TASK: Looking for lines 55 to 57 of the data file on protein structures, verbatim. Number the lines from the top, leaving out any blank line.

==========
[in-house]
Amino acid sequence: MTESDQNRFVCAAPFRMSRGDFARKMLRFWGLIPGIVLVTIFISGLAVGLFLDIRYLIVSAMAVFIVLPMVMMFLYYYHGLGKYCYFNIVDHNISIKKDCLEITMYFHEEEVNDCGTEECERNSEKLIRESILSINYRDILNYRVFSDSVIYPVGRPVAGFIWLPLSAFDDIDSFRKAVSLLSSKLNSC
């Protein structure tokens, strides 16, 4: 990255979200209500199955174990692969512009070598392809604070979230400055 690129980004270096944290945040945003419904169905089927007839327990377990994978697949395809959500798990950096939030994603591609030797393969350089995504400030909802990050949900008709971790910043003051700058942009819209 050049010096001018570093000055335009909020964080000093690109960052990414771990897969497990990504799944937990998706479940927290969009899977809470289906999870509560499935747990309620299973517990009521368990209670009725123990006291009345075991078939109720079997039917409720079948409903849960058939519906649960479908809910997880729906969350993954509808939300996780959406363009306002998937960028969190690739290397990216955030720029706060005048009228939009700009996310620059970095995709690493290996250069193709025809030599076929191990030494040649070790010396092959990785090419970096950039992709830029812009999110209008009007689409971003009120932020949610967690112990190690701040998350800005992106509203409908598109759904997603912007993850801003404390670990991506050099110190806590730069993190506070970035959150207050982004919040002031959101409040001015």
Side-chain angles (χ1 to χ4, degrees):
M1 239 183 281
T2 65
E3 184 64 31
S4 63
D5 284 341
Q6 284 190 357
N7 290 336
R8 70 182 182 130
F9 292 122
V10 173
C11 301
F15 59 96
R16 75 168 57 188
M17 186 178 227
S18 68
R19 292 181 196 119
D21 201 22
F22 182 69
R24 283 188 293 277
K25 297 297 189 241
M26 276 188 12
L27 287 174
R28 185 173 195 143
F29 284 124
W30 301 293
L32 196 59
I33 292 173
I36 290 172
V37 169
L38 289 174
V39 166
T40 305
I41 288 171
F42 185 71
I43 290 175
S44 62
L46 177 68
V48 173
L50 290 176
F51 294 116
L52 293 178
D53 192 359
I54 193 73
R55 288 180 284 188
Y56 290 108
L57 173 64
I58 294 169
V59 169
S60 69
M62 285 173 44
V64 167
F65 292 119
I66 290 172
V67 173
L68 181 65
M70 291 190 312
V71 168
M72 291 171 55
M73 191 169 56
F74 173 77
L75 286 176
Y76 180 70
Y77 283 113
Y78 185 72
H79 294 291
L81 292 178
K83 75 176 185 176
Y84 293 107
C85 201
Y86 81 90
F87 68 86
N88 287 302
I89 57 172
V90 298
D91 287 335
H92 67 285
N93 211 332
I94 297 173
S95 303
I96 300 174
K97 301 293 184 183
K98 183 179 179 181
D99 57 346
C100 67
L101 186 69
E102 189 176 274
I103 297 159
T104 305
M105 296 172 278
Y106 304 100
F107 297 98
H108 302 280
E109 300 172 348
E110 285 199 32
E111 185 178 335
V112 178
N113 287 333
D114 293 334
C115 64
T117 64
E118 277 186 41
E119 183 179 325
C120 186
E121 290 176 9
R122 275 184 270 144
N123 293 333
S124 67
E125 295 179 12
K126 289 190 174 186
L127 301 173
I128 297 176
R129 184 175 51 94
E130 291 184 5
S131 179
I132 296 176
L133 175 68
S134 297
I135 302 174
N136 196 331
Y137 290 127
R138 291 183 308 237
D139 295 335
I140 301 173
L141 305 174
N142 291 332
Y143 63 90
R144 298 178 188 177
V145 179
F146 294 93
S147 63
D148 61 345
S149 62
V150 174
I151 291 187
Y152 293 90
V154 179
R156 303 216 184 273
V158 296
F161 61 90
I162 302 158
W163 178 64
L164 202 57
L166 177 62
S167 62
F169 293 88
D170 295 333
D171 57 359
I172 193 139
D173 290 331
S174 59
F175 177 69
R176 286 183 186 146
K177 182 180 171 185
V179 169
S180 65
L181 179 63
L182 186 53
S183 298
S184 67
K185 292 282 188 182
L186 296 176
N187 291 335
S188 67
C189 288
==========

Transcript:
V64 167
F65 292 119
I66 290 172